In AirborneWindEnergy forum, Robert Copcutt wrote:
> . ... I think it is reasonable that tethered craft look out for
untethered craft and make sure they get out of the way. ... >
"Sense & Avoid" is a basic pending sUAS
requirement sure to prevail for many years. Pending state-of-the-art
requires a human VO (visual observer) who will also use hearing to early
detect local air traffic. Automated Sense & Avoid systems cannot soon
compete with the human eye/ear/brain. Aviation ATC/transponder
capability is only a partially open network, but the system is to be
overhauled for NextGen.
Ground based radar will probably prove the
ideal method for Sense & Avoid. It can serve double duty of monitoring a
kite array and local air traffic. GPS on every kite does not have this
double function and is subject to jamming, power loss, and other
failure-modes. Radar will also operate in fog and at night better than
human senses. Development of a radar-based AWE tool is an attractive
Once a sensed event elevates to a hazard,
the avoid function is fastest and easiest by use of "kite-killers," with
soft kite elements able to fall harmlessly to earth in an incident.
~Dave Santos April
Comment and development of this topic will be occurring here.
All, send notes, drawings, and photographs!
Terms and aspects:
Commentary is welcome:
- There may develop an aviation environment that is more loaded with
tethered systems than with untethered systems. Aerial cableways.
Free-flight tethered AWECS. Aerial homesteading. Massive tethered kite
energy systems performing a myriad of tasks. Cost of avoidance of
collision for untethered craft might be miniscule compared to the cost
of avoidance performed by tethered systems. Efficient skies and waters
might respect the net costs as rules and decisions are made. There maybe
tethered systems that take a year or more to deploy with design intent
never to be absolutely decommissioned, only maintained; such might
transport people and goods around the world by windpower; a single-place
ultralight could know where that tethered system is and avoid collision;
the tethered system would be seen by other aircraft and watercraft
through a variety of systems for redundancy. One does not move the
Empire State Building to get out of the way of any other user of the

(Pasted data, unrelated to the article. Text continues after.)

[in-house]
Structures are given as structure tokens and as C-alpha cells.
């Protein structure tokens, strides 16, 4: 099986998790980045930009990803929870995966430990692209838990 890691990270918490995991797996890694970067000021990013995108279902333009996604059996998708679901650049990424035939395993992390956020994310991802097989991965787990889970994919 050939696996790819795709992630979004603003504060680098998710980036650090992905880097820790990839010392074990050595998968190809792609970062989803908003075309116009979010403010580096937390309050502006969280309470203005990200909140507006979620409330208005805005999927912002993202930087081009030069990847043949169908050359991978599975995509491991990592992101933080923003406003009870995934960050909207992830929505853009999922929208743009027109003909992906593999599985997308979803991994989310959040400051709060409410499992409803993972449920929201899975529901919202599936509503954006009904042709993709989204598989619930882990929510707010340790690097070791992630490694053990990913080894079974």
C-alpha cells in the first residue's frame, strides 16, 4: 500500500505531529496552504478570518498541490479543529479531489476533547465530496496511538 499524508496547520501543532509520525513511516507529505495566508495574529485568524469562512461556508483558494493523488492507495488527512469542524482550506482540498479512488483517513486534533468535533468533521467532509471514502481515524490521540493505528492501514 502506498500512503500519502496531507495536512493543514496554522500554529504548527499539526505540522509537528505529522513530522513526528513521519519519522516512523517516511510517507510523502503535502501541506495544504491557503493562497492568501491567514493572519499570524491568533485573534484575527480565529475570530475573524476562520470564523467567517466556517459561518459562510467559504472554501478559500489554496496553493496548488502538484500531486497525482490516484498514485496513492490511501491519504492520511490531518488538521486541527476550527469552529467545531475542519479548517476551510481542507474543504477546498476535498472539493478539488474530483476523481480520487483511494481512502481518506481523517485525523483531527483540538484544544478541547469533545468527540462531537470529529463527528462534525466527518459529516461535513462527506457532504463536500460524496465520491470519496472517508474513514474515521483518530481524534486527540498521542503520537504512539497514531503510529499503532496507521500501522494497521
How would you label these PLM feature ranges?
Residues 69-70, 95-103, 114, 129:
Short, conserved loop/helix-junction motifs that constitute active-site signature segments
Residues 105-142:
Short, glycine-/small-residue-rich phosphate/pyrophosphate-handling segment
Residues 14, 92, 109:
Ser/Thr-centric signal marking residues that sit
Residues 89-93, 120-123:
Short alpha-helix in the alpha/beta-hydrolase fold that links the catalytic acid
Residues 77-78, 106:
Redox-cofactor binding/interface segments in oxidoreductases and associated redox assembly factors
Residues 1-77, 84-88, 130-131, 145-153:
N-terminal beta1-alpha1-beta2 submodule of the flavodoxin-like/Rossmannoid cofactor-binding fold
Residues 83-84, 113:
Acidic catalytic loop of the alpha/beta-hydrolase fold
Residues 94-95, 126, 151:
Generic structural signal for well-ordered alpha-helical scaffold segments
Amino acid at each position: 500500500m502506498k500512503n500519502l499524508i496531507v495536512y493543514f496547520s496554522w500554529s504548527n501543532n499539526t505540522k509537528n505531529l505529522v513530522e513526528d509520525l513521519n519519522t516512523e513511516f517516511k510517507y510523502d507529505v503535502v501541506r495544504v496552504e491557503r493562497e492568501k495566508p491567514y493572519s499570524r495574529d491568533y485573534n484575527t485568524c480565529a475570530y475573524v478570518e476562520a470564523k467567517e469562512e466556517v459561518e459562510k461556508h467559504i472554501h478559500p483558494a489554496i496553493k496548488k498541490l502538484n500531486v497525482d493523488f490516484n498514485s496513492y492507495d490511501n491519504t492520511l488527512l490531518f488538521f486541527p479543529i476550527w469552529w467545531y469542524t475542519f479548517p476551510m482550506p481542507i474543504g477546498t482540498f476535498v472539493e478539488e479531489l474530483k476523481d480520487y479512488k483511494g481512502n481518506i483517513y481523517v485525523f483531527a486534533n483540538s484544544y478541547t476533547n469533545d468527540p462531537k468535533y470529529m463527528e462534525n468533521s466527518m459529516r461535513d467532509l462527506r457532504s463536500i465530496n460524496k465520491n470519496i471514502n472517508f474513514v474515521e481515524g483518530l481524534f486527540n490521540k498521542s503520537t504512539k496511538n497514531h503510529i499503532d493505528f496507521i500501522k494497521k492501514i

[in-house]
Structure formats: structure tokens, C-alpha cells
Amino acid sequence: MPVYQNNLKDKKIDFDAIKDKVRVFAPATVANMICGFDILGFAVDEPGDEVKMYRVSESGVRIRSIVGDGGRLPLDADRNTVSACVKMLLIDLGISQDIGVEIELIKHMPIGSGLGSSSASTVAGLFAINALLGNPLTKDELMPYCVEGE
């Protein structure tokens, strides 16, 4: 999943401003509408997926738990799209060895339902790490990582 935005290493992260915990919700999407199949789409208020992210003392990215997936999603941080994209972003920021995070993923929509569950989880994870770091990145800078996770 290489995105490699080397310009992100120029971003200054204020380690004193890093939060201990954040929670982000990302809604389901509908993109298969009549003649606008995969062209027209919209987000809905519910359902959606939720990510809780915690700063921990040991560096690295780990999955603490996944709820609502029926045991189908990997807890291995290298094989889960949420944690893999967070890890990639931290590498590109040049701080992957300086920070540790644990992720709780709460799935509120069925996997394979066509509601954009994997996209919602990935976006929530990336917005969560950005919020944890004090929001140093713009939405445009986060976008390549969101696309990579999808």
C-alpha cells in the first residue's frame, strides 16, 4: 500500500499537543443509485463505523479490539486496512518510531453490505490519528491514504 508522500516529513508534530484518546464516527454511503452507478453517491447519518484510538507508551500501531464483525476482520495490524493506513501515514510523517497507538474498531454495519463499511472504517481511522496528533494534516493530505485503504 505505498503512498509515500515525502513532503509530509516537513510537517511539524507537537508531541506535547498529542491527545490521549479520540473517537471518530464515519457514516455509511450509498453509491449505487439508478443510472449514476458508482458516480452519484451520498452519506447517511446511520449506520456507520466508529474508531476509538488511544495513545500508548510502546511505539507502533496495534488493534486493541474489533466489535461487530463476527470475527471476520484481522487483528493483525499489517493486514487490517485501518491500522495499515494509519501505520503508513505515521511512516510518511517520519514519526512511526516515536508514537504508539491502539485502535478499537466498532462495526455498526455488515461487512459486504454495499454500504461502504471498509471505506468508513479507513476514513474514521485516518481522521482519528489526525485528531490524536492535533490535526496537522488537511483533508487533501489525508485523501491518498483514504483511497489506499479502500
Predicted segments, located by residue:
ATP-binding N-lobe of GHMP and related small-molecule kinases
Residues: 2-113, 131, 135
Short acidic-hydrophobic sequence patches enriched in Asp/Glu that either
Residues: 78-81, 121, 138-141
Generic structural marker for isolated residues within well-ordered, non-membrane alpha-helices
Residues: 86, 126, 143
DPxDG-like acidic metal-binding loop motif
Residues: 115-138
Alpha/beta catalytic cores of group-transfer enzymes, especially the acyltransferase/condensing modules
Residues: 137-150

airspace. ~ JoeF
- Joe, Good point but let's take the first
steps first. The job of the aviation
authorities is to protect people and they do it very rigorously because
mishaps are extremely newsworthy and threaten the whole aviation
industry. Newcomers like AWE need to prove they have an important need
and cause no extra danger. Promising to make every effort get out of the
way will smooth the negotiating path. And why not? It is possible.
Tackling the issues of your more ambitious proposals need to come later.
- Dave S,
A combination of ground based radar, infra red cameras and microphones
would detect aircraft before any human, and pinpoint their position and
trajectory more accurately. One observation station could serve for many
AWE systems in a cluster or farm.
I agree GPS will have limited use. However, it is interesting to compare
that technology with what AWE needs to achieve. A GPS unit needs to scan
for suitable satellites and then measure incredibly accurately how long
the signals take to arrive from each. It then needs to do very complex
calculations to work out its position based on that of the satellites.
It then overlays that information onto a detailed map. To think that all
that functionality can be put into a tiny unit that costs a few hours
wages is to me a major reassurance that AWE can be automated.
Kite position can be determined with simpler sensors with faster
responses. For instance the sensors from a humble computer mouse could
determine exactly how far the tethers have been released. Other sensors
would measure the angle of the tether leaving the reel. More would
measure the tension in the tethers. That information together should
locate the kite better than GPS, and more quickly. GPS and video can be
used to confirm the primary measurements and detect faults.
Rather than letting kite elements fall to the ground where they are
likely to be damaged would it not be better to reel them into a
protective docking station.